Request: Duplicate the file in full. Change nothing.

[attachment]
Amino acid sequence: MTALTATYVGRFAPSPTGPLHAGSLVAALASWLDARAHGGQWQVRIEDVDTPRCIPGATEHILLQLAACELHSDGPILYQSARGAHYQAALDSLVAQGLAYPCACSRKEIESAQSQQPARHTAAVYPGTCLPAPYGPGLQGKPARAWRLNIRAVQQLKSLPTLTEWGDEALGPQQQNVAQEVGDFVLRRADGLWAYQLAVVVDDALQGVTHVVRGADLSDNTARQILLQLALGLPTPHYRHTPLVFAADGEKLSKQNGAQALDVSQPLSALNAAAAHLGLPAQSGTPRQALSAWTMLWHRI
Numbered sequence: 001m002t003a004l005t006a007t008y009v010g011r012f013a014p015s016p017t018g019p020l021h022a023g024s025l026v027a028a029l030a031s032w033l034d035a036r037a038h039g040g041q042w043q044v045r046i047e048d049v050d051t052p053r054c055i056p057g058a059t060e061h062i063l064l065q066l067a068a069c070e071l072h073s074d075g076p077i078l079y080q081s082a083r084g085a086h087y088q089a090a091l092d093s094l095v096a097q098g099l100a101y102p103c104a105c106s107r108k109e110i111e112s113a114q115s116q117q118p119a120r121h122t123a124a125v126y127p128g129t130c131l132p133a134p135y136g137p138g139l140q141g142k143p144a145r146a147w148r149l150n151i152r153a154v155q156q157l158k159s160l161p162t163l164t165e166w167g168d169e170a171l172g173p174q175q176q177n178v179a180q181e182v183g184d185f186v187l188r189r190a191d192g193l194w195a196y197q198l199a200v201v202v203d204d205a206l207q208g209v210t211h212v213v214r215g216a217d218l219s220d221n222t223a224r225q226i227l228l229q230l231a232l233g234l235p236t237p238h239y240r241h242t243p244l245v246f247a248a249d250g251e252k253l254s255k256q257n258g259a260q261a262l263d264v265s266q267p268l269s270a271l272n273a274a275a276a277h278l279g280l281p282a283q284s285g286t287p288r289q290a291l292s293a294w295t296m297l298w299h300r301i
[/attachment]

Amino acid sequence: MTALTATYVGRFAPSPTGPLHAGSLVAALASWLDARAHGGQWQVRIEDVDTPRCIPGATEHILLQLAACELHSDGPILYQSARGAHYQAALDSLVAQGLAYPCACSRKEIESAQSQQPARHTAAVYPGTCLPAPYGPGLQGKPARAWRLNIRAVQQLKSLPTLTEWGDEALGPQQQNVAQEVGDFVLRRADGLWAYQLAVVVDDALQGVTHVVRGADLSDNTARQILLQLALGLPTPHYRHTPLVFAADGEKLSKQNGAQALDVSQPLSALNAAAAHLGLPAQSGTPRQALSAWTMLWHRI
Numbered sequence: 001m002t003a004l005t006a007t008y009v010g011r012f013a014p015s016p017t018g019p020l021h022a023g024s025l026v027a028a029l030a031s032w033l034d035a036r037a038h039g040g041q042w043q044v045r046i047e048d049v050d051t052p053r054c055i056p057g058a059t060e061h062i063l064l065q066l067a068a069c070e071l072h073s074d075g076p077i078l079y080q081s082a083r084g085a086h087y088q089a090a091l092d093s094l095v096a097q098g099l100a101y102p103c104a105c106s107r108k109e110i111e112s113a114q115s116q117q118p119a120r121h122t123a124a125v126y127p128g129t130c131l132p133a134p135y136g137p138g139l140q141g142k143p144a145r146a147w148r149l150n151i152r153a154v155q156q157l158k159s160l161p162t163l164t165e166w167g168d169e170a171l172g173p174q175q176q177n178v179a180q181e182v183g184d185f186v187l188r189r190a191d192g193l194w195a196y197q198l199a200v201v202v203d204d205a206l207q208g209v210t211h212v213v214r215g216a217d218l219s220d221n222t223a224r225q226i227l228l229q230l231a232l233g234l235p236t237p238h239y240r241h242t243p244l245v246f247a248a249d250g251e252k253l254s255k256q257n258g259a260q261a262l263d264v265s266q267p268l269s270a271l272n273a274a275a276a277h278l279g280l281p282a283q284s285g286t287p288r289q290a291l292s293a294w295t296m297l298w299h300r301i